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New Nigerian Christmas Chicken #1: Stuffed Chicken Legs & Breasts

by on December 20, 2016
 

Chicken is essential to the Nigerian Christmas lunch or dinner. This year, venture further than your fried or grilled chicken with these ideas – three of them:

  • Stuffed chicken is my personal favourite. I have two options for you with chicken legs and breasts. The chicken legs are off the chain! Oh, my word. This will become my go to.
  • Whole, roast chicken. So easy to cook – season with a dry rub and roast on the highest your oven will go to for xxx, depending on the size of the bird
  • Chicken skewers. Perfect and colourful, easy to make and all round delicious.

I’m looking forward to sharing these recipes with you! 

First up, Stuffed Chicken with Acha Jollof

So you remember my Acha Jollof? One of my favourite ways to enjoy it is as stuffing in chicken. It is perfect. The grains absorb the meat’s juices and take on another dimension. Love, love, love.

I’m not yet an expert at boning and rolling and stuffing – for the legs but we try.

Here’s a great video to help with the technique called ‘Frenching’ and Deboning. I use the leftover bones to make chicken stock.

Make ahead tips

For food safety reasons, don’t stuff your raw chicken and leave it to rest ahead of cooking. You can prepare elements.

Prepare the stuffing – I use already cooked Acha Jollof

Bone the legs – save bones for stuff; Prep the breasts

Cut up your string – about 15 – 20 centimetres

Option 1 – Stuffed Chicken Legs & Thighs 

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Debone chicken leg & thigh – save bones for stock.

Season lightly on the inside and out – I use yaji and a pinch of salt.

My baker’s twine is ready, cut into sections.

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With the skin-side down, put the Acha Jollof in the centre. Then I try to seal each leg by trussing, tying securely to keep the stuffing in. Once I’m done, I brown in a lightly greased pan on medium heat till all sides take on some colour.

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Next steps? I place them on lightly greased foil and bung in the oven, about 20 minutes at 180 degrees C.

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Once cokked through, I remove from the oven and allow it rest for 5 – 6 minutes. 

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You can serve it whole – I like that because there’s the element of surprise. Or you can slice it. Please do it better than me :). I didn’t slice very well 🙁 but this is no way affects the deliciousness – I guess I need to use a better knife.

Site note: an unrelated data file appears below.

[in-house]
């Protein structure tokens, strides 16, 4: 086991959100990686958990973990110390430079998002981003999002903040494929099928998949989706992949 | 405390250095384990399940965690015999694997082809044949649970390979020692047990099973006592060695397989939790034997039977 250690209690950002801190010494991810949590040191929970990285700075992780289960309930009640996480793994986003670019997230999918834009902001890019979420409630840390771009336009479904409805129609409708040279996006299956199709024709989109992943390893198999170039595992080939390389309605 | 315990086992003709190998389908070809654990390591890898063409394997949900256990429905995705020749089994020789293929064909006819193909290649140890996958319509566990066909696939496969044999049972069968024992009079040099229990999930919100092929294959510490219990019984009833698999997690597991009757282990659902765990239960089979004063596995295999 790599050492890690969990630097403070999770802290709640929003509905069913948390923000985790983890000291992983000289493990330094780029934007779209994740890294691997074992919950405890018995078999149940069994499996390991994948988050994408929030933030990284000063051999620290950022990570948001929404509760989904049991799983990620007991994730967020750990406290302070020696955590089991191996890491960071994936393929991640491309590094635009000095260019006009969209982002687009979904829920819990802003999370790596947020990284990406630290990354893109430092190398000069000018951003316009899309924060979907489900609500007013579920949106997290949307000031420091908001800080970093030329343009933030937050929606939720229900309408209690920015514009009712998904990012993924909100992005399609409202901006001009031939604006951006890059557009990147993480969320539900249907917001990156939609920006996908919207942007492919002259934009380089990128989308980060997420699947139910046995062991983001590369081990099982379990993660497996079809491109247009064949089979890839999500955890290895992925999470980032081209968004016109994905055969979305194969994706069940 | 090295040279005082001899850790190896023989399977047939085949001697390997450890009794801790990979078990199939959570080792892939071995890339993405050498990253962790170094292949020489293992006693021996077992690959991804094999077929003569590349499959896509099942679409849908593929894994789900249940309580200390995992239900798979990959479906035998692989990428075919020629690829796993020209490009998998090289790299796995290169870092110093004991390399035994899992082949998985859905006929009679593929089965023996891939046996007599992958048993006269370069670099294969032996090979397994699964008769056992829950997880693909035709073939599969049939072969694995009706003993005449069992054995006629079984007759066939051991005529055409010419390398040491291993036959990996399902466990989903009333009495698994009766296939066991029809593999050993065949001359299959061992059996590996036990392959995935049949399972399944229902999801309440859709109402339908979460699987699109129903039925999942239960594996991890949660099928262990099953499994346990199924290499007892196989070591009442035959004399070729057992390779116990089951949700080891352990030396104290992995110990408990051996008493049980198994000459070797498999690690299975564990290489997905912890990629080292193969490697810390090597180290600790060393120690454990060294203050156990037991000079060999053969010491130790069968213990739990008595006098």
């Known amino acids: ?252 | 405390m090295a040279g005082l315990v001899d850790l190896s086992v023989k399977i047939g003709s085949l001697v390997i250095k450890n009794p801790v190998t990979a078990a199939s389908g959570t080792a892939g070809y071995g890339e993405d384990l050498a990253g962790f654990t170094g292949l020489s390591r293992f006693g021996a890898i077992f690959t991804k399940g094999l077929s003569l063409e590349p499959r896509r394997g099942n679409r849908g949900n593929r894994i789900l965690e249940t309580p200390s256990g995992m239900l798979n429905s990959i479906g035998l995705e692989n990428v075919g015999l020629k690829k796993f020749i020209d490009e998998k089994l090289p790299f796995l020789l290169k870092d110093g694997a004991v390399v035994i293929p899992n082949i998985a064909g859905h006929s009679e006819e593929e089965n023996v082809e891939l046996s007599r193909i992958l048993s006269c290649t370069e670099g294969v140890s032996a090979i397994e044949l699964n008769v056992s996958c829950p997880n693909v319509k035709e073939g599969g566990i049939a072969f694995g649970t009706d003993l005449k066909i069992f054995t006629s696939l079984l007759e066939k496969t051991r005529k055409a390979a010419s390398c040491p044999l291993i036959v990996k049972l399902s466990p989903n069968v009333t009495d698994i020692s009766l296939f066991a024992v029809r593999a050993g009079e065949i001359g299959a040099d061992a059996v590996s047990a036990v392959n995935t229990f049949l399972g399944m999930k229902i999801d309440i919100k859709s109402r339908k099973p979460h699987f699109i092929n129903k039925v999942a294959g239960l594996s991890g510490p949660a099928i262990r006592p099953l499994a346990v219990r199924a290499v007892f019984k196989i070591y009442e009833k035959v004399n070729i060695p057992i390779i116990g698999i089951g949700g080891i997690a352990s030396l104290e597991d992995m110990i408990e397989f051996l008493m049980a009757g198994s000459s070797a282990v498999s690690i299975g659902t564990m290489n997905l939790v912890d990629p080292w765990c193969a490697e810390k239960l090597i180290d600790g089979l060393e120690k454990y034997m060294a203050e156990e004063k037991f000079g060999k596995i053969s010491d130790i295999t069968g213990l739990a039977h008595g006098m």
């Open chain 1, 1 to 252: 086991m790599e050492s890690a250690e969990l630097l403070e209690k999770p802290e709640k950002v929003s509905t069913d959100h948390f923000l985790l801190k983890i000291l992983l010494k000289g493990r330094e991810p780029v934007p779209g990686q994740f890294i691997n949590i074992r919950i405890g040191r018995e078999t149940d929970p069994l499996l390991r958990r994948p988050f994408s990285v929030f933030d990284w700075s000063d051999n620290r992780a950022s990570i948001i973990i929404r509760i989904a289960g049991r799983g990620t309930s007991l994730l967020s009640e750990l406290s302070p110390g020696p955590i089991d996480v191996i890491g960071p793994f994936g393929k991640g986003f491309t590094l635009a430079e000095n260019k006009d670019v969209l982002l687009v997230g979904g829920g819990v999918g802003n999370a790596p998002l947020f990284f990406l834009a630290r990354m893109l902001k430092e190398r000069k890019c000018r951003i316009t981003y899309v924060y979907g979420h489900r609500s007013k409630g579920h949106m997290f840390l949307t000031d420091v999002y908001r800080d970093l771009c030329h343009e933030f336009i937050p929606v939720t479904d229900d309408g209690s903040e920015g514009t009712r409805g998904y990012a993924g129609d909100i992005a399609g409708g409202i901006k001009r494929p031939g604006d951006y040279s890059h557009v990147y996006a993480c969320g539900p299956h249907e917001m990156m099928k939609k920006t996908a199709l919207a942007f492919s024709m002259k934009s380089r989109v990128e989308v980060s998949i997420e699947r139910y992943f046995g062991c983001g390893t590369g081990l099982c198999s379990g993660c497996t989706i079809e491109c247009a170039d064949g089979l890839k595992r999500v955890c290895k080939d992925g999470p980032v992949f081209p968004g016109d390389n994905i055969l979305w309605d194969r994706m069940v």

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This is SO delicious. The meat stays tender and juicy. The stuffing is a wonderful counterpoint. Serve with a green salad or steam veg and you’re good to go.

 

Option 2 – Stuffed Chicken Breasts

I usually buy the ‘crown’, the breasts joined (and deboned – you can save the bones for stock if you have to debone yourself)

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I cut it in half to separate the breasts

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I take each breast, and cut a pocket down the centre being careful to leave some part at the top and bottom not cut – this will hold the stuffing in. I cut down but not to the bottom of the breast – or the stuffing will ‘leak’. I also cut into the centre of the breast chicken on the left and right sides to make more room for stuffing.

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And then I fill with spoonfulls of Acha Jollof, pressing in and filling the sides.

Ideas for the stuffing: You could also use a stuffing mix of seasoned garri or bread crumbs, suya bits or dambu nama bread crumbs, fresh herbs and steamed vegetable chunks

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This goes on a lightly greased foiled, baking tray and into the oven at 180 C for 15 – 20 minutes depending on the size of the breast.

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I have thought of wrapping the breasts with bacon to lock the juices in but I didn’t have any and I wanted colour on the chicken.
Anyway, it was delicious! Not very dry, beautifully spiced, perfect with zome zobo pepper sauce and rice.

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You can serve whole or sliced.

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So there, a few options for Christmas chicken. What do you think?